Originally Posted by rahul4321 View Post
The low-end torque is missing on the M2Dicr's. I bought a Bolero 4 months back (the one with the new digital dashbaord) and even though i had the option of going for the common rail M2Dicr, a long test drive and a detailed discussion with a Mahindra service station advisor kept me away from the M2Dicr. I bought the DI Turbo instead which has oodles of low end torque and fantastic driveability through the range. (Infact, once i put the car into 2nd gear, i have to take my foot of the accelerator and keep it hovering on the brake as the DI picks up speed frantically quickly!


If you still havent booked a car yet, you might want to check out my review of the DI v/s the M2Dicr (which may help you to make up your mind). However please note, the DI only comes without a Powersteering now and with leaf spring's all around but the torquey engine makes everything worth it!

http://www.team-bhp.com/forum/test-d...e-liked-2.html


As for the AC Controls, the red button is the front glass defogger. The one next to it between the red button and the steering wheel) is the heater. The rotary control on the other hand is weird; i fully agree. It clicks 'on' and 'off' and also rotates between 'high' and 'low' but i think it only controls the quantum of air (and not the temperature of air); which is very strange since each vent also has an option for controlling the quantum of air.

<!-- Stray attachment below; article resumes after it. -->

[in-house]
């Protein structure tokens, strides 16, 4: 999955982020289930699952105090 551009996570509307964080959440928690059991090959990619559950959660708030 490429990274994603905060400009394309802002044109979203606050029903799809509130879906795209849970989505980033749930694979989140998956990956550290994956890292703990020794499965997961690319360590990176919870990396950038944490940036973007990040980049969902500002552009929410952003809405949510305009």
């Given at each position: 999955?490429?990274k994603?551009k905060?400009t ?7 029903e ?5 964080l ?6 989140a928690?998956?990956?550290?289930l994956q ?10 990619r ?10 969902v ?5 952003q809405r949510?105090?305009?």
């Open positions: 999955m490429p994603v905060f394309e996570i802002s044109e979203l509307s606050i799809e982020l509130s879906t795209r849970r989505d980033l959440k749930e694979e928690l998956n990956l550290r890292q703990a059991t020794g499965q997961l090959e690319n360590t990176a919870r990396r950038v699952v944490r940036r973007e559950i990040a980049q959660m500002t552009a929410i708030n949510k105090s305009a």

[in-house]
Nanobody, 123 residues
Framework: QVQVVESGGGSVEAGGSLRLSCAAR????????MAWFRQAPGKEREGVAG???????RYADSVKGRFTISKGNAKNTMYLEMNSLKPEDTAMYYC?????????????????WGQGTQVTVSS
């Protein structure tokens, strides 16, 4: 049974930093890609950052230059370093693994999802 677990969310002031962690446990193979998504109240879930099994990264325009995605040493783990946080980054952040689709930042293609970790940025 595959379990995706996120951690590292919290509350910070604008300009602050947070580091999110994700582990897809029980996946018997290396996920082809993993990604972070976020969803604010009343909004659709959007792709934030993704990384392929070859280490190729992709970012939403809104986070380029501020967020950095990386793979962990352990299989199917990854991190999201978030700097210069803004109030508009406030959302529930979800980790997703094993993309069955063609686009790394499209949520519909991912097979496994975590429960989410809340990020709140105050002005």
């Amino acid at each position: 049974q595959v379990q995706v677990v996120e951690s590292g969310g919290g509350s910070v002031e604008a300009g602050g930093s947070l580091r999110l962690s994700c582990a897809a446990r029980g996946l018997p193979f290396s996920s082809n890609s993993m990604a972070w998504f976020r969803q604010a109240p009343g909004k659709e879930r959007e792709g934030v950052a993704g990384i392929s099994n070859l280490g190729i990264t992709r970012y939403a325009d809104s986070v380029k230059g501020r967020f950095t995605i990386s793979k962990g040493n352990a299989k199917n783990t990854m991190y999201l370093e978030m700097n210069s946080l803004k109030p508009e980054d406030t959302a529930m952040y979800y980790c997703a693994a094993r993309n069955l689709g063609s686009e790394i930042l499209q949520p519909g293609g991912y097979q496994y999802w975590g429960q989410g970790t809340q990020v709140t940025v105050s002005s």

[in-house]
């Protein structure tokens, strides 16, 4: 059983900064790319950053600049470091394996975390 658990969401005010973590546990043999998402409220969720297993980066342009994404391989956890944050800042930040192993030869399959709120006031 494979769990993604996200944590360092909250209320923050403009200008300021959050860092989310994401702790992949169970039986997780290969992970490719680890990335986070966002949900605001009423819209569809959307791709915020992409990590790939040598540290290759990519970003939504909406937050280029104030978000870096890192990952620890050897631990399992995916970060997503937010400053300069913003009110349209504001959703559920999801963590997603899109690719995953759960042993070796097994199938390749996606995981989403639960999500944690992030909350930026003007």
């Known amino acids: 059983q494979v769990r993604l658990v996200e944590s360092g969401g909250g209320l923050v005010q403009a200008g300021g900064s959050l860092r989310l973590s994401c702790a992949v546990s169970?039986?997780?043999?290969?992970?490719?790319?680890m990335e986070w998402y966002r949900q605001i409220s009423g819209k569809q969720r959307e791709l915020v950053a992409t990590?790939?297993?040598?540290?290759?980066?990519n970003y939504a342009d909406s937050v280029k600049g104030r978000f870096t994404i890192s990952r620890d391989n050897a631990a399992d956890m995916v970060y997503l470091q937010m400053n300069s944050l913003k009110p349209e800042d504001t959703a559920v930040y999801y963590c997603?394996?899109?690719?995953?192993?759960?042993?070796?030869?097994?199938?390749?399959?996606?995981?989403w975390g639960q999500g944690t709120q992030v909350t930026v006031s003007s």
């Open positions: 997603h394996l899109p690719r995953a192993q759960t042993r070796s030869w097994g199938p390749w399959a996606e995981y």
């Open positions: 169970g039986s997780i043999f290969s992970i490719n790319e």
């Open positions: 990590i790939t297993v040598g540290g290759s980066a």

Hope I could answer your queries satisfactorily. Good luck with your decision making!
Excellent post and very helpful indeed. Thanks very much. See Lucifer's post below. He's answered the question about the rotary knob. The salesman from Mahindra also said the same thing he did, so that doubt's cleared. Furthermore, I did go through your thread in good detail. There are no DI variants available in BS4 cities such as New Delhi, so I'm out of luck there.

Quote:
Originally Posted by lucifer1881 View Post
The rotary knob you speak of is the thermostat. Works brilliantly on this car, actually. It is not an HVAC, which means there is no mixing of warm air with the AC to keep your cabin temperature under control. You manually tweak the knob and the compressor will cut out sooner or later depending on the setting. I especially found this feature extremely useful on cold days when you don't want to use the full power of this extremely powerful air-con.